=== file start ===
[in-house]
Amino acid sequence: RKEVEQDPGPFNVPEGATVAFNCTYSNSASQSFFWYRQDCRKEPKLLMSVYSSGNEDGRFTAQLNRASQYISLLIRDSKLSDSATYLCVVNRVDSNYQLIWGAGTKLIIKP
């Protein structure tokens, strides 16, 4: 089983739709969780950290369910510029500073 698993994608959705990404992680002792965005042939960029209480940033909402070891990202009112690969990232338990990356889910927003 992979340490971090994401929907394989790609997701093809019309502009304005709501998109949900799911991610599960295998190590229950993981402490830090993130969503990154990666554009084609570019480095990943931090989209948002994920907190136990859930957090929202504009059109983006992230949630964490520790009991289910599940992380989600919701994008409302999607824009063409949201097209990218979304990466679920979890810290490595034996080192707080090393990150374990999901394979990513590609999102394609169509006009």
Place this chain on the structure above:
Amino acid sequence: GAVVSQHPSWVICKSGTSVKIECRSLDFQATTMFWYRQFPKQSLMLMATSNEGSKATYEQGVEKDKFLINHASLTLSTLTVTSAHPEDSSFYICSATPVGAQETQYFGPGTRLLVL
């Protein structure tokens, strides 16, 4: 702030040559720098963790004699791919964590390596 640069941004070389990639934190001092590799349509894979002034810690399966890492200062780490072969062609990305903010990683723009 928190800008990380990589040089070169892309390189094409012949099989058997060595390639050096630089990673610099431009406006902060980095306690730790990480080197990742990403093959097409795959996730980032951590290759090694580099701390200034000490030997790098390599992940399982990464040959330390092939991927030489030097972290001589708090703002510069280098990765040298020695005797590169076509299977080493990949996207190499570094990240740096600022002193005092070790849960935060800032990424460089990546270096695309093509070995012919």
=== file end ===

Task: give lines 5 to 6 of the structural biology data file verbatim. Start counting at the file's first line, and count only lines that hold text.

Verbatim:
Amino acid sequence: GAVVSQHPSWVICKSGTSVKIECRSLDFQATTMFWYRQFPKQSLMLMATSNEGSKATYEQGVEKDKFLINHASLTLSTLTVTSAHPEDSSFYICSATPVGAQETQYFGPGTRLLVL
């Protein structure tokens, strides 16, 4: 702030040559720098963790004699791919964590390596 640069941004070389990639934190001092590799349509894979002034810690399966890492200062780490072969062609990305903010990683723009 928190800008990380990589040089070169892309390189094409012949099989058997060595390639050096630089990673610099431009406006902060980095306690730790990480080197990742990403093959097409795959996730980032951590290759090694580099701390200034000490030997790098390599992940399982990464040959330390092939991927030489030097972290001589708090703002510069280098990765040298020695005797590169076509299977080493990949996207190499570094990240740096600022002193005092070790849960935060800032990424460089990546270096695309093509070995012919």